There are many versions of LittleBigPlanet, but the one that has been praised the most for its skill-building benefits is LittleBigPlanet 2. Given the availability of an in-game level editor for creating custom levels, many have noted how it provides players with an introduction. basic to computer science or game design. This opportunity to design and test your own game levels could be a great investment. After all, the game design industry offers annual salaries ranging from $37,000 to $200,000.

10. Charades

The classic family room game is a great way to give your brain a workout. Trying to decode and communicate through gesture alone recruits a number of brain areas that are necessary for simulation and mentalization. While the benefits of charades are best enjoyed when actively trying to guess at the charades, there are also marginal benefits when simply watching. Having to play and present information without speaking trains sham players to make sense of new information more efficiently. Additionally, role-playing facilitates your ability to put yourself in someone else’s shoes.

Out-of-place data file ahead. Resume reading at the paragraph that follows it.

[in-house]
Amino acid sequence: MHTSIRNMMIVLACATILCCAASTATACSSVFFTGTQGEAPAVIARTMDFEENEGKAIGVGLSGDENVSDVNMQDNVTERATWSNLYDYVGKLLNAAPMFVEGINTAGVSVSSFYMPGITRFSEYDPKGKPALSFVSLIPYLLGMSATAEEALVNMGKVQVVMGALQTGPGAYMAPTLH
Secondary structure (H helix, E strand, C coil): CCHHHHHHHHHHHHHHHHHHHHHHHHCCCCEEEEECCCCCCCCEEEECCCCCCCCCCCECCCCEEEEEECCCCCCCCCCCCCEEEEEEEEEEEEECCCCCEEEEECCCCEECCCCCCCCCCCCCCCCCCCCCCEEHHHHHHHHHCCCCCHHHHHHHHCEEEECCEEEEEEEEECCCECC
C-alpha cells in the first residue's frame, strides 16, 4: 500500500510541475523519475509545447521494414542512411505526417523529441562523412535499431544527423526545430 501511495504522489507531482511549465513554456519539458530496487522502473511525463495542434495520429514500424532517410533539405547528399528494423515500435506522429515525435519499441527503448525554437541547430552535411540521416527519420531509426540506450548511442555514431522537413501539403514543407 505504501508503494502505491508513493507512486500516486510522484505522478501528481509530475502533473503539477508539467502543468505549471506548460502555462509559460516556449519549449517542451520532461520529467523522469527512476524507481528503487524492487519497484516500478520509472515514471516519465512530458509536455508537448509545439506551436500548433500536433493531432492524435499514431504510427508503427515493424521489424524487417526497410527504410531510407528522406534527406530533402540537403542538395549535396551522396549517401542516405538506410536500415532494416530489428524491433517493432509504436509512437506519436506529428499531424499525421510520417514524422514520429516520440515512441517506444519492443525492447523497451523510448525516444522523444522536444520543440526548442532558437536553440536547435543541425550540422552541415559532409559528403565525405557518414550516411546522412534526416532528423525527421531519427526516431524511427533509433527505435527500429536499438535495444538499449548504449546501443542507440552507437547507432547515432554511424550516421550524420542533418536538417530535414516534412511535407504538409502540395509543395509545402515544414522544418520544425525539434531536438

11. The Professor Layton Series

Last but not least is the popular series for the Nintendo DS gaming platform. While the game is known for its beautiful animation sequences, it is downright addictive due to its cleverly designed brain busters. Up to 75% of players indicate that brain teasing is their preferred aspect of the game. This motivator is more than double that of any other included in the survey. The variety of logic challenges keeps you engaged and if you find them too easy you can increase the difficulty level. Before deciding on a specific game to buy, you can try some of the puzzles, such as those in the Arzan Legacy Series.